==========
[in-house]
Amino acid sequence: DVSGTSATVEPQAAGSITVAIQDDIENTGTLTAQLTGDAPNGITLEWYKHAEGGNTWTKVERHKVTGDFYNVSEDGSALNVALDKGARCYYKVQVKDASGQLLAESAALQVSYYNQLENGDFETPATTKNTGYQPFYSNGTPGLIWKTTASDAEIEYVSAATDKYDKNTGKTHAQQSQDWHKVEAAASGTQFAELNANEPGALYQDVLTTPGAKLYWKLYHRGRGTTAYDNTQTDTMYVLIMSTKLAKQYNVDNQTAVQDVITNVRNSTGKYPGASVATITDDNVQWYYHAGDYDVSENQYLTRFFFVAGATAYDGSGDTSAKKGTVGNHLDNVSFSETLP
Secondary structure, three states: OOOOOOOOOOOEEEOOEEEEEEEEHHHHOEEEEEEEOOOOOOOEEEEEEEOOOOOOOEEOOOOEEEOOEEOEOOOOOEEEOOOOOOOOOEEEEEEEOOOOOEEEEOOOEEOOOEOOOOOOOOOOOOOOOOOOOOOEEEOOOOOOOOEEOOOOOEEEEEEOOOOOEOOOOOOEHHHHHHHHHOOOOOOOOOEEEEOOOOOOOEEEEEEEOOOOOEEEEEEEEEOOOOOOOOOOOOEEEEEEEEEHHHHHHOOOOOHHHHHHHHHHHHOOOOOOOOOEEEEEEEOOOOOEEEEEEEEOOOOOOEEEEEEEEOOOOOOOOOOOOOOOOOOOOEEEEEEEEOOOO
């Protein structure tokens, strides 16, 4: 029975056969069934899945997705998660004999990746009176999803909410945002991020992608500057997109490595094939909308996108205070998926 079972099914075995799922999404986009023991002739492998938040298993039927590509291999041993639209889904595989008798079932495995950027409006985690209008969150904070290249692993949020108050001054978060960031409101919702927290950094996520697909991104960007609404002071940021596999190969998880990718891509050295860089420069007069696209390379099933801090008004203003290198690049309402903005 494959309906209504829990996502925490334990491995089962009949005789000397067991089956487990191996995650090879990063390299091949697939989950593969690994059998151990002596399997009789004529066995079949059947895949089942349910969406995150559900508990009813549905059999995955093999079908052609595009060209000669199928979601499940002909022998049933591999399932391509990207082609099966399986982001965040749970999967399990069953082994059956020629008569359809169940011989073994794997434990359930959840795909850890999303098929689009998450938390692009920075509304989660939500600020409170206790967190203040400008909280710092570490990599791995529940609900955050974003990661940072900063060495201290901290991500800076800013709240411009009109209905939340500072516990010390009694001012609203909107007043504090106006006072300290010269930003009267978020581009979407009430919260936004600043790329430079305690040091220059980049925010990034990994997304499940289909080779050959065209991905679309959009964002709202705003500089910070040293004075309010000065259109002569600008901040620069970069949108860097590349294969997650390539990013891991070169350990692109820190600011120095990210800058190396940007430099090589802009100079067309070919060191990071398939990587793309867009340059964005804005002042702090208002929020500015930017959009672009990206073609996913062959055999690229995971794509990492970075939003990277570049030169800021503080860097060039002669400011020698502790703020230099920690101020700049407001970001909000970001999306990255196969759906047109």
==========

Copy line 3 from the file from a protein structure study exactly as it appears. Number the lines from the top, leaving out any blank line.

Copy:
Secondary structure, three states: OOOOOOOOOOOEEEOOEEEEEEEEHHHHOEEEEEEEOOOOOOOEEEEEEEOOOOOOOEEOOOOEEEOOEEOEOOOOOEEEOOOOOOOOOEEEEEEEOOOOOEEEEOOOEEOOOEOOOOOOOOOOOOOOOOOOOOOEEEOOOOOOOOEEOOOOOEEEEEEOOOOOEOOOOOOEHHHHHHHHHOOOOOOOOOEEEEOOOOOOOEEEEEEEOOOOOEEEEEEEEEOOOOOOOOOOOOEEEEEEEEEHHHHHHOOOOOHHHHHHHHHHHHOOOOOOOOOEEEEEEEOOOOOEEEEEEEEOOOOOOEEEEEEEEOOOOOOOOOOOOOOOOOOOOEEEEEEEEOOOO